You should look at it the same way whether you're winning at a table of fish or if you're losing at a table of poker sharks. Whether or not you continue in a game should have nothing to do with how much money you are up or down. The only thing that should matter is the quality of the game. As long as the game is good, you're not tired, and you have your emotional state under control, you should play. If you are at a tough table and you're tired and maybe are getting a bit rattled, it shouldn't matter if you're up or down. You should just leave the table. As long as you look at your entire poker career as one long session you will understand this. You should never wish you had "stopped when you where ahead." If you were in a profitable situation and you ran into bad luck, then you should simply wish you hadn't run into bad luck.
8) Raise more than you call and fold more than you raise. Especially pre-flop, this advice is so important it may show up in various forms throughout this list of gold nuggets, not by accident. Remember that the standard opening raise is three or four times the big blind. If there are limpers in front, before you raise you should add ½ or 1 full blind to your raise for each limper. If someone raised the pot before you, you now need a very strong hand to play, but if you're going to play you should typically re-raise. The standard re-raise size is three times the opening amount or the size of the pot, whichever is larger. Example: if you are on the dealer button and someone opens under the gun for three times the big blind, $100, you will need a very strong hand to play. If you look down to find QQ you should re-raise to $300, his one hundred plus two more. It will cost him $200 to call into a pot that now contains around $400. He's getting a good price, but you've already shown strength enough that he should fold if he doesn't have a great hand, say pocket tens or better depending on his read on you. If you are not sure enough of the quality of your hand to re-raise when raised, you should seldom call. Remember that when you bet three things can happen and two of them are good.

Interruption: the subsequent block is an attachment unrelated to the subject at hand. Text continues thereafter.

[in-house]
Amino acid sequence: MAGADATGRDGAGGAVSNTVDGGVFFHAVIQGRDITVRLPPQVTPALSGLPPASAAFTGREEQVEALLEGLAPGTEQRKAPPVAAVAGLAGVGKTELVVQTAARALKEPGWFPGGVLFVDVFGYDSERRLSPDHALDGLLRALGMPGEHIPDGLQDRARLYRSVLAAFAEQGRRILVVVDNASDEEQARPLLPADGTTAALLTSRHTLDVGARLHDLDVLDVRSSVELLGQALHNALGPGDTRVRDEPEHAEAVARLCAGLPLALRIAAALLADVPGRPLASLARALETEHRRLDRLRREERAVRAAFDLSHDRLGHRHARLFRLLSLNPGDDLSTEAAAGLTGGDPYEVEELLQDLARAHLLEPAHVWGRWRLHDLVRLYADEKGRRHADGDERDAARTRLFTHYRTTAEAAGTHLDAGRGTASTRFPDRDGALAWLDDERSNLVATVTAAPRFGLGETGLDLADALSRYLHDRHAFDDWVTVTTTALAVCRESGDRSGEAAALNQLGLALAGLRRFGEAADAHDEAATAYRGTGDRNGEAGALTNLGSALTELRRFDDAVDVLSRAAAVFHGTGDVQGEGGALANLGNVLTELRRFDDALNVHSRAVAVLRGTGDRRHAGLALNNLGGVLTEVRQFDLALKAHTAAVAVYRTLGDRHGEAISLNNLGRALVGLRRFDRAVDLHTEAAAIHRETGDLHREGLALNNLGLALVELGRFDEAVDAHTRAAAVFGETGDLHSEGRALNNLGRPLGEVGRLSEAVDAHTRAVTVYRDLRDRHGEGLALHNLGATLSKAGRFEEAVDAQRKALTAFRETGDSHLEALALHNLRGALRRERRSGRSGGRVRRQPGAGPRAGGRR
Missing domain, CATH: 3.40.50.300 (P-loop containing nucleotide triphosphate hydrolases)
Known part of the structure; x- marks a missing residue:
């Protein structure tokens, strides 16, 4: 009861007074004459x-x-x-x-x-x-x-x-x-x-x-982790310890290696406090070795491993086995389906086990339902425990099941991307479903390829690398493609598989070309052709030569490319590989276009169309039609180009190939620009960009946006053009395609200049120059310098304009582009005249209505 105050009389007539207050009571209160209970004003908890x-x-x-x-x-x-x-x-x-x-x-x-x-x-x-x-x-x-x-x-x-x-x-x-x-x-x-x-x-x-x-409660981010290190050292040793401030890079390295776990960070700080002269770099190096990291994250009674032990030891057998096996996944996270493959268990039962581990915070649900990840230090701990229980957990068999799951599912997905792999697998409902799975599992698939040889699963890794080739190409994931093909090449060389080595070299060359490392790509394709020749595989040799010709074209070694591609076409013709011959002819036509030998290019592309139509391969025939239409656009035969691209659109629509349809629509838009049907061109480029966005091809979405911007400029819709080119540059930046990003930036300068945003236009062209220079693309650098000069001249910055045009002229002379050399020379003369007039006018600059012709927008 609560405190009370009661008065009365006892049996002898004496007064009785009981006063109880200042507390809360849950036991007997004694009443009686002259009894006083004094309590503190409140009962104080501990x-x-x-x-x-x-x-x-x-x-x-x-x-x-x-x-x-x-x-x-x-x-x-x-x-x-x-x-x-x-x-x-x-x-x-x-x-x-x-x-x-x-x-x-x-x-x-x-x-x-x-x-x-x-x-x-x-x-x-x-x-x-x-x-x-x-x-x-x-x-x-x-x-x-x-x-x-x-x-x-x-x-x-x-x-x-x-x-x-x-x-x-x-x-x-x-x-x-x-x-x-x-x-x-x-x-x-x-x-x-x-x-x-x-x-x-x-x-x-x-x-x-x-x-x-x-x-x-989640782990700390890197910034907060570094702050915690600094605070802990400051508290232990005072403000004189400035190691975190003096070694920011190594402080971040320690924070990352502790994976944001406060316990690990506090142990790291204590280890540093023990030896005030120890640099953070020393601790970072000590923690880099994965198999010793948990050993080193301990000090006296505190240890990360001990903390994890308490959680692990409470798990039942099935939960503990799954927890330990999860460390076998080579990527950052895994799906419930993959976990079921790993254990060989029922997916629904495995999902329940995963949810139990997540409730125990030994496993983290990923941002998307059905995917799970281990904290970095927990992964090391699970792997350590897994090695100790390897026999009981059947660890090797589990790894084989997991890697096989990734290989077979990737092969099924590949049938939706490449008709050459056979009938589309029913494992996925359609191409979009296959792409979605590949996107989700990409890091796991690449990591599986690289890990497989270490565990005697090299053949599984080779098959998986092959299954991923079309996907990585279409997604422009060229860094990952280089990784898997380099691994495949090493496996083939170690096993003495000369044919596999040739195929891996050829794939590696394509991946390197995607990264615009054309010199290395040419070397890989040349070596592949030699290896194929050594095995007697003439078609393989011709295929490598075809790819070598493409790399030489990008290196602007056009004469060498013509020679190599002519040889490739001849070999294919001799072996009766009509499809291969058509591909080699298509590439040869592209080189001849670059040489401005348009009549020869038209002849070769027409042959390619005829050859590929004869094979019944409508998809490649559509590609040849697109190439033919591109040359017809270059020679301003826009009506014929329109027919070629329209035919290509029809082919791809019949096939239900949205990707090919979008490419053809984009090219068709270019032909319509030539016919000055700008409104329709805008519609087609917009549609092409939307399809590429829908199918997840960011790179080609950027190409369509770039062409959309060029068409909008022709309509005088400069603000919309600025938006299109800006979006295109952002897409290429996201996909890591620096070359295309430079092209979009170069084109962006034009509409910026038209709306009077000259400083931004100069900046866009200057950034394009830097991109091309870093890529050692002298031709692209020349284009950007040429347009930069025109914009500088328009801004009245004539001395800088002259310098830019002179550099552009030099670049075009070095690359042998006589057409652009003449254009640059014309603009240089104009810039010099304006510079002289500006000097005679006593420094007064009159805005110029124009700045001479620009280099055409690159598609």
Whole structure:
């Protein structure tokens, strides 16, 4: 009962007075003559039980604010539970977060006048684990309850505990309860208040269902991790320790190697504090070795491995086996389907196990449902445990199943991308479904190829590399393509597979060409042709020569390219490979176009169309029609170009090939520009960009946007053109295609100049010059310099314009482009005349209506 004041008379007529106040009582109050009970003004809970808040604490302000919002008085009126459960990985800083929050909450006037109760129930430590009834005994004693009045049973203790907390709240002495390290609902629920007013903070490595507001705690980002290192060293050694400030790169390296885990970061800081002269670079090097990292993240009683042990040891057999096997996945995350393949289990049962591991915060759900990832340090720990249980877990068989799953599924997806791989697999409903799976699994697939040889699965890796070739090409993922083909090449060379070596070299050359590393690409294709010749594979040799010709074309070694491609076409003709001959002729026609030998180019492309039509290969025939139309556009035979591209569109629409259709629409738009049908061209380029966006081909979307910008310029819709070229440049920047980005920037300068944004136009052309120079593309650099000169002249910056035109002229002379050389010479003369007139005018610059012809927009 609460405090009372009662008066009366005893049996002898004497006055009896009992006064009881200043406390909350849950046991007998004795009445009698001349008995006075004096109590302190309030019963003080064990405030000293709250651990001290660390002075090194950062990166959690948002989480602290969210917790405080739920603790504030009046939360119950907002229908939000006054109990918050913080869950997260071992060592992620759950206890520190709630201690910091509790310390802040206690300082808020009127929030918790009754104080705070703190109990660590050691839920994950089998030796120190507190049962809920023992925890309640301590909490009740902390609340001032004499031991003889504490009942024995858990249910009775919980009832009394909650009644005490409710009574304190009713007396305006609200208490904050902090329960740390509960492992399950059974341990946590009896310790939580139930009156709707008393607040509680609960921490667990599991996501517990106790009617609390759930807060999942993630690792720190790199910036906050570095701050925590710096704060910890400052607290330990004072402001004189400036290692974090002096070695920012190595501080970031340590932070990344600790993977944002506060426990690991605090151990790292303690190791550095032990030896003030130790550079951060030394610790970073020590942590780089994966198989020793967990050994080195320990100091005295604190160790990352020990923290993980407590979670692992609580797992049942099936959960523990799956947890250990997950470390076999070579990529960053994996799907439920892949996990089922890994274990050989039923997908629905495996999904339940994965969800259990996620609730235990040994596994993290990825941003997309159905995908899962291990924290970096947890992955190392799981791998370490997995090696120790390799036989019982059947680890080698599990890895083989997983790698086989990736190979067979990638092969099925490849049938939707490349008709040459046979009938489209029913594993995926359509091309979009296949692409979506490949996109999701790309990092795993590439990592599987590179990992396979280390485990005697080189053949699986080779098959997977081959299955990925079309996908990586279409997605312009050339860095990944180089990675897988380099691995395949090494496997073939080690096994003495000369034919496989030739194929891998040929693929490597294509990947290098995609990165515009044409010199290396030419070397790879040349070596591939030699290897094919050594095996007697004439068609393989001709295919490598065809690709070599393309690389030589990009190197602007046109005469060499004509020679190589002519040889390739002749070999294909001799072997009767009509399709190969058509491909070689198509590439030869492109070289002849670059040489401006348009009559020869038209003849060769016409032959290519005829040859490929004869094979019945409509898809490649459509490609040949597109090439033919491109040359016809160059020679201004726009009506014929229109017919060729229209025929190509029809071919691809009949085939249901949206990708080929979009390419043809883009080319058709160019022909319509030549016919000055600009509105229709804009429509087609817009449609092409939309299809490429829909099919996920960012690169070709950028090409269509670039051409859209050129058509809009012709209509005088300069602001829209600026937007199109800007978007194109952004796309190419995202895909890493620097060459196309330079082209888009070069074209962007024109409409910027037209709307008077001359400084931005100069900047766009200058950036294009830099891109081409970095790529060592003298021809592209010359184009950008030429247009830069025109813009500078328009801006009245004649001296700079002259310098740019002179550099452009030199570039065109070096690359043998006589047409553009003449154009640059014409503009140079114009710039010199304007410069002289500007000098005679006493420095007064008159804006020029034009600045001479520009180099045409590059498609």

9) When playing live poker games there is a commonly used way to gauge your opponent's hand strength or weakness. It's called "tell theory" and it's easy. Mostly when a player acts strong he's weak, and if he acts weak he's strong. If a fish (poor player) sighs and says, "okay, I'll call" or something like that, look out. He's probably got a monster.
The opposite is also true - if a fish is staring you down intently and then harshly shoves a pile of chips in the middle, he's bluffing. There are a few players that I've witnessed that try to get sneaky by acting just the opposite, when they have strong hands they act like it, and when they have nothing they act weak. I've even seen a couple of these players who will even announce the exact hand they have thinking that you'd never suspect that they'd do that. This strategy is easy to see through, especially because those who practice it usually make a pattern of it and rarely change gears. It becomes instinctive and it works on enough people that they see no reason to change it. Usually then, strong means weak and weak means strong, and occasionally the opposite is true, but either way fish will usually fall into one of these two categories. And if you're paying attention it will help you decide what to do with your medium strength hands.
10) If you have a choice to sit in one seat or another at a table there is a very easy guideline to use. You will ideally want loose players sitting to your right and tight players to your left. The reason is simple: throughout your poker career most of the money you win will come from the two seats to you immediate right because these players will have to act in front of you. You would like those players to be the kind who play too many hands and bluff aggressively with too high a frequency. You are the one who will have the first chance at that loose money. The reason you want the tight players to your left is because all your blind stealing attempts will have to go right thru them. You'd hope they're not the kind of players who will fight for their blinds. It is also beneficial to you if the players who act after you in most rounds will seldom raise you when you've opened a pot.
♣ Continued at: Rules of Thumb #11-15: Pearls of Wisdom